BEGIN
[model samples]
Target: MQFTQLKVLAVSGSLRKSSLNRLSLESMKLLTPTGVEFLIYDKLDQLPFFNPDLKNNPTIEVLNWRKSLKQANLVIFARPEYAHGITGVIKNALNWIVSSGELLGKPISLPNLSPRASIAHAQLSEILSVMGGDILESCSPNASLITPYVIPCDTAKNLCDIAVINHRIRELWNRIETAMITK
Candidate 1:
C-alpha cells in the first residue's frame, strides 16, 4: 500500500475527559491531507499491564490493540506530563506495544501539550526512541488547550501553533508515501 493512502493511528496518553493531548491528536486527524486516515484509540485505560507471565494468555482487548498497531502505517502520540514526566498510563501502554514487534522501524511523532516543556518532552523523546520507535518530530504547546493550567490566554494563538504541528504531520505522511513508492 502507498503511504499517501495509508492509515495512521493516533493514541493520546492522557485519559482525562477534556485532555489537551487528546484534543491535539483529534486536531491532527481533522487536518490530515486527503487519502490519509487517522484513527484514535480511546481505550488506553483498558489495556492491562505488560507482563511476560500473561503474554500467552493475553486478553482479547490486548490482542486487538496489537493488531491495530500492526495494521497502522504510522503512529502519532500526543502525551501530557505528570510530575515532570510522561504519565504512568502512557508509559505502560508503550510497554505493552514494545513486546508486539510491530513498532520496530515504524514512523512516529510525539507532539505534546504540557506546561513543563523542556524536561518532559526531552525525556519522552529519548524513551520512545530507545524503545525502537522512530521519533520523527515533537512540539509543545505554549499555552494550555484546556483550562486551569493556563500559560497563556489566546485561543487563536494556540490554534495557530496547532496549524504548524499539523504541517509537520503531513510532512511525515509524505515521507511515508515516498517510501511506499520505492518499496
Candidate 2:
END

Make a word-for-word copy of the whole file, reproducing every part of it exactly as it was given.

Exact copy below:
[model samples]
Target: MQFTQLKVLAVSGSLRKSSLNRLSLESMKLLTPTGVEFLIYDKLDQLPFFNPDLKNNPTIEVLNWRKSLKQANLVIFARPEYAHGITGVIKNALNWIVSSGELLGKPISLPNLSPRASIAHAQLSEILSVMGGDILESCSPNASLITPYVIPCDTAKNLCDIAVINHRIRELWNRIETAMITK
Candidate 1:
C-alpha cells in the first residue's frame, strides 16, 4: 500500500475527559491531507499491564490493540506530563506495544501539550526512541488547550501553533508515501 493512502493511528496518553493531548491528536486527524486516515484509540485505560507471565494468555482487548498497531502505517502520540514526566498510563501502554514487534522501524511523532516543556518532552523523546520507535518530530504547546493550567490566554494563538504541528504531520505522511513508492 502507498503511504499517501495509508492509515495512521493516533493514541493520546492522557485519559482525562477534556485532555489537551487528546484534543491535539483529534486536531491532527481533522487536518490530515486527503487519502490519509487517522484513527484514535480511546481505550488506553483498558489495556492491562505488560507482563511476560500473561503474554500467552493475553486478553482479547490486548490482542486487538496489537493488531491495530500492526495494521497502522504510522503512529502519532500526543502525551501530557505528570510530575515532570510522561504519565504512568502512557508509559505502560508503550510497554505493552514494545513486546508486539510491530513498532520496530515504524514512523512516529510525539507532539505534546504540557506546561513543563523542556524536561518532559526531552525525556519522552529519548524513551520512545530507545524503545525502537522512530521519533520523527515533537512540539509543545505554549499555552494550555484546556483550562486551569493556563500559560497563556489566546485561543487563536494556540490554534495557530496547532496549524504548524499539523504541517509537520503531513510532512511525515509524505515521507511515508515516498517510501511506499520505492518499496
Candidate 2: